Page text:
Everest Wins Case Against Canani, Licht

Jury finds that fraud and breach of duty were committed during 2008 transactions.

A California jury has determined that trainer Julio Canani and Roger Licht, a former chairman of the California Horse Racing Board, defrauded Jeffrey Nielsen’s Everest Stables in a number of horse transactions in 2008.

Following a week-long trial, the jury in U.S. District Court for the Central District of California decided Canani had committed fraud and breached his fiduciary trust by misrepresenting details of the condition of six horses so he, or his Tarma Corp., could purchase them for prices lower than they were worth.

Those horses were All Man, Catana Perez, Ditto This, Mini Do, Voodoo’s Vision, and Stand Tall.

The jury also found that Canani obtained and unjustly retained financial benefits from the sale of those six horses, plus Everest Stables' stakes winner Two Step Salsa, and that Canani’s financial benefits from the sale of those horses deprived Everest of its property or the true value of its property.

Not long after the initial suit was filed in December 2009, trainer A. C. Avila and owner Sheikh Mohammed were removed as co-defendants. Nielsen had contended Avilia failed to disclose he was acting on behalf of the Godolphin Racing owner in connection with the $1.4 million purchase of Two Step Salsa. Avilia and Sheikh Mohammed were not parties to the final verdict, since U.S. District Judge Dale S. Fischer had thrown out that part of the case.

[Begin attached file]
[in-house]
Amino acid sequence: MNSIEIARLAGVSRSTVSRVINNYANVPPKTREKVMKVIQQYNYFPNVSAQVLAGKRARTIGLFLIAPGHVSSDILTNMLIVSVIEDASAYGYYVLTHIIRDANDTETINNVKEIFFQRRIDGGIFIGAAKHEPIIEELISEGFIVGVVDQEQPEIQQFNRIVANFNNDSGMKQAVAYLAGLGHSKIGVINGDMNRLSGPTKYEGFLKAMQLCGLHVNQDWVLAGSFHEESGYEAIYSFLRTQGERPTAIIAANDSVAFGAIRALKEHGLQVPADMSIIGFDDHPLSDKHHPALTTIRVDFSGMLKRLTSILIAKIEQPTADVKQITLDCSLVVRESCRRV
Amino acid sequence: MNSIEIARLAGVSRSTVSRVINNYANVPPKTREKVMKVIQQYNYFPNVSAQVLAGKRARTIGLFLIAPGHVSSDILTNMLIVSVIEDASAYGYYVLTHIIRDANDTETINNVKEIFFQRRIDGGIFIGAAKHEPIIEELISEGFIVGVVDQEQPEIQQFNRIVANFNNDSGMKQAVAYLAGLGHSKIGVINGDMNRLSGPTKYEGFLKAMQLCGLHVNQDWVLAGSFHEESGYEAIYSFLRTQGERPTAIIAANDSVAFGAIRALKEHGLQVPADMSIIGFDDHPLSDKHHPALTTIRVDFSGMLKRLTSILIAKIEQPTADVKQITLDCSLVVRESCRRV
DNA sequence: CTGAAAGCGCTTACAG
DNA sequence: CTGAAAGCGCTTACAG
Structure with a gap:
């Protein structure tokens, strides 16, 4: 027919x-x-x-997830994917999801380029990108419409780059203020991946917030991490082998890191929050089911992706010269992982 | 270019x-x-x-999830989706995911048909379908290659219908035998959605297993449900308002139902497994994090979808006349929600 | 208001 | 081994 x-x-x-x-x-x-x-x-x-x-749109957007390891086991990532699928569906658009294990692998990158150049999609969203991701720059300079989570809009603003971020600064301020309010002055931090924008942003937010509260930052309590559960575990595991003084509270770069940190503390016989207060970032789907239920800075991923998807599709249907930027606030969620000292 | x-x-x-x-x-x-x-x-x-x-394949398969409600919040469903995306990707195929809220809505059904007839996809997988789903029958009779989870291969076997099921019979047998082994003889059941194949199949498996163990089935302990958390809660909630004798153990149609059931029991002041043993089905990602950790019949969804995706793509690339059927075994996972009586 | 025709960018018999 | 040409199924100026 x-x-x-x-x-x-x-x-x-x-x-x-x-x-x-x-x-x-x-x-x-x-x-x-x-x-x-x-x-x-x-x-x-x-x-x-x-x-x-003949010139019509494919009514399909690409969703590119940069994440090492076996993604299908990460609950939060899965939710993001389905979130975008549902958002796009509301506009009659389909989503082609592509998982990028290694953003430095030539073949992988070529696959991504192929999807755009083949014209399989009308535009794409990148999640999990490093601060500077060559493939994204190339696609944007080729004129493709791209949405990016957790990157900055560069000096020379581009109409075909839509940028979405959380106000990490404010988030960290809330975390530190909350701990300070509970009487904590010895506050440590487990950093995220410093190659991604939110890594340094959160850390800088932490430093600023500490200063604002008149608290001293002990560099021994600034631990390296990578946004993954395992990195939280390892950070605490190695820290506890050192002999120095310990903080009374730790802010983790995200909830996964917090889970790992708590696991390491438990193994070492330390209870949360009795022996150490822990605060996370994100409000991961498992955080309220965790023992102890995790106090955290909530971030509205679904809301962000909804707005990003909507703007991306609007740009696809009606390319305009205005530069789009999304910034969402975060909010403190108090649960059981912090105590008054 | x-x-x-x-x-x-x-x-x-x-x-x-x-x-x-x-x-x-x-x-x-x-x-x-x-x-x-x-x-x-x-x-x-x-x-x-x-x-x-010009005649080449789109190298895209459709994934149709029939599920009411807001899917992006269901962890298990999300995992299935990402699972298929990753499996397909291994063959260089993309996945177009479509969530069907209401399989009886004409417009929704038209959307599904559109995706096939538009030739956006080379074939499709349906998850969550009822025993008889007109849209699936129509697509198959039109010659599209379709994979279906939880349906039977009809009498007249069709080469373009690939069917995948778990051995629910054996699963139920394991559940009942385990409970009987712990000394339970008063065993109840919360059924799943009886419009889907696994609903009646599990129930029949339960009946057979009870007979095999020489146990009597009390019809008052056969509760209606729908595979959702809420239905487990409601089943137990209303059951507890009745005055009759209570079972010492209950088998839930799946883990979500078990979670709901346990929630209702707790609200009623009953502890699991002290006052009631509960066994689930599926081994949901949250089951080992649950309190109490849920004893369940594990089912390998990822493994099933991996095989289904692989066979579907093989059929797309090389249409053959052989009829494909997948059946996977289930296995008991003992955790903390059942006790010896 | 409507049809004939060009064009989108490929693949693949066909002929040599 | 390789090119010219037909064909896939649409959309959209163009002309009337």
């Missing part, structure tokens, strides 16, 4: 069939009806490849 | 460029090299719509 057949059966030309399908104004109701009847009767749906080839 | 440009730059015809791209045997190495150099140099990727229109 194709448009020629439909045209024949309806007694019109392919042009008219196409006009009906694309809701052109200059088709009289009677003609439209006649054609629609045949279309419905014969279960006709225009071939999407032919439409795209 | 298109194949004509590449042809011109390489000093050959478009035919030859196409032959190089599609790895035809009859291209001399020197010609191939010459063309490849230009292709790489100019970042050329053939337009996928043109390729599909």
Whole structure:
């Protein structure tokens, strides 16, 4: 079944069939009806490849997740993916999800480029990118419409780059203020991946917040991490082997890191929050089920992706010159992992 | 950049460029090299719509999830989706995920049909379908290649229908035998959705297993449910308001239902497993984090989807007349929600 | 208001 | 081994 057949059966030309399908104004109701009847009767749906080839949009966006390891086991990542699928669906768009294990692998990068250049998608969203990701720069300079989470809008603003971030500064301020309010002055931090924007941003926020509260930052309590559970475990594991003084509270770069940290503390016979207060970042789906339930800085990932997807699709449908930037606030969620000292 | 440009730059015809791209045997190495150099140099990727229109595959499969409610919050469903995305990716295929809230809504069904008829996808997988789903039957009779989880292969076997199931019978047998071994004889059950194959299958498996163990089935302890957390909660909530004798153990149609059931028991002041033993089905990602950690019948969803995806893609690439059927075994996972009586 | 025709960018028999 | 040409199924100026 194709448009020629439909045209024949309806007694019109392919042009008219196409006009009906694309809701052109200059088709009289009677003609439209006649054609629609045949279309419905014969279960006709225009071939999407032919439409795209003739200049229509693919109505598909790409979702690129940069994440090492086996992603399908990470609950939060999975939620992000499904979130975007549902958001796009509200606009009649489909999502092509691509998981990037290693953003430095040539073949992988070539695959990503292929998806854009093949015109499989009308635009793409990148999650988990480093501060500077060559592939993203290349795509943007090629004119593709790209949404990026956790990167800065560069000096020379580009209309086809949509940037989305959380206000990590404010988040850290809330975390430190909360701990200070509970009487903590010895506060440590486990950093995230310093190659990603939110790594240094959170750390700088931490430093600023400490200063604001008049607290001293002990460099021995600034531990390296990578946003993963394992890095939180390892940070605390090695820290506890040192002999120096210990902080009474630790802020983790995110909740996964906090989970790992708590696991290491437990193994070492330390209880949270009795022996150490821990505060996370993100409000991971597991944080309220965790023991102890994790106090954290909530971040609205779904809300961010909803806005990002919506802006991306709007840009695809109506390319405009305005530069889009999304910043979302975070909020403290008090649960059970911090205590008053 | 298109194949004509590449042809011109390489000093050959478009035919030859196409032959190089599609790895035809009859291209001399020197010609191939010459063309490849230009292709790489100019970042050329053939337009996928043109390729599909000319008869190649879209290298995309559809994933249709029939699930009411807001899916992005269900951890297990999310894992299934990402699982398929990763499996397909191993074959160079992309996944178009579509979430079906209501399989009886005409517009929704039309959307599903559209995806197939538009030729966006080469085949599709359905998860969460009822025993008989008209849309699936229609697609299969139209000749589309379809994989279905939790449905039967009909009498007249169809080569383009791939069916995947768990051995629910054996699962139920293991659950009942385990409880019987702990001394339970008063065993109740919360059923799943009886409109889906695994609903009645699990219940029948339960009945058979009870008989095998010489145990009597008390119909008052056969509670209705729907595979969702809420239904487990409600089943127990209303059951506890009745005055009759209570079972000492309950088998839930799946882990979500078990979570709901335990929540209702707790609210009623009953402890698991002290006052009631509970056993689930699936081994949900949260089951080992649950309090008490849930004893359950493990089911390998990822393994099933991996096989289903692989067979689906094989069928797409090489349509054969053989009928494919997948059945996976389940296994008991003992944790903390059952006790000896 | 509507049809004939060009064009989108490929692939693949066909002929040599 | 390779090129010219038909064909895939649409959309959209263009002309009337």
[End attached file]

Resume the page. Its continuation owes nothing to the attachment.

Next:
Also, the jury found that Licht had conspired with Canani to fraudulently convince Everest to sell two horses for lower prices by aiding and abetting Canani to breach his fiduciary and agency roles, and by unlawfully concealing or misrepresenting with fraudulent intent Canani’s role in an offer from Licht for two other horses, Lady Lumberjack and Silent Stalk. The jury found Licht had obtained and unjustly retained financial benefits from the sale of those two horses as well.

Although the jury found in favor of Everest Stables’ claim that Canani and Licht had committed fraud and breach of duty in connection with the transactions, the amount of damages assessed the defendants was well below the more than $1 million being sought by the plaintiff.

In awarding actual damages totaling $48,750 to Everest Stables, the jury attributed 75% of the fault to Canani and Tarma Corp., and 25% to Licht.

The jury also assessed punitive damages of $37,500 to Everest Stables from Canani, and $12,500 in punitive damages from Licht to the plaintiff.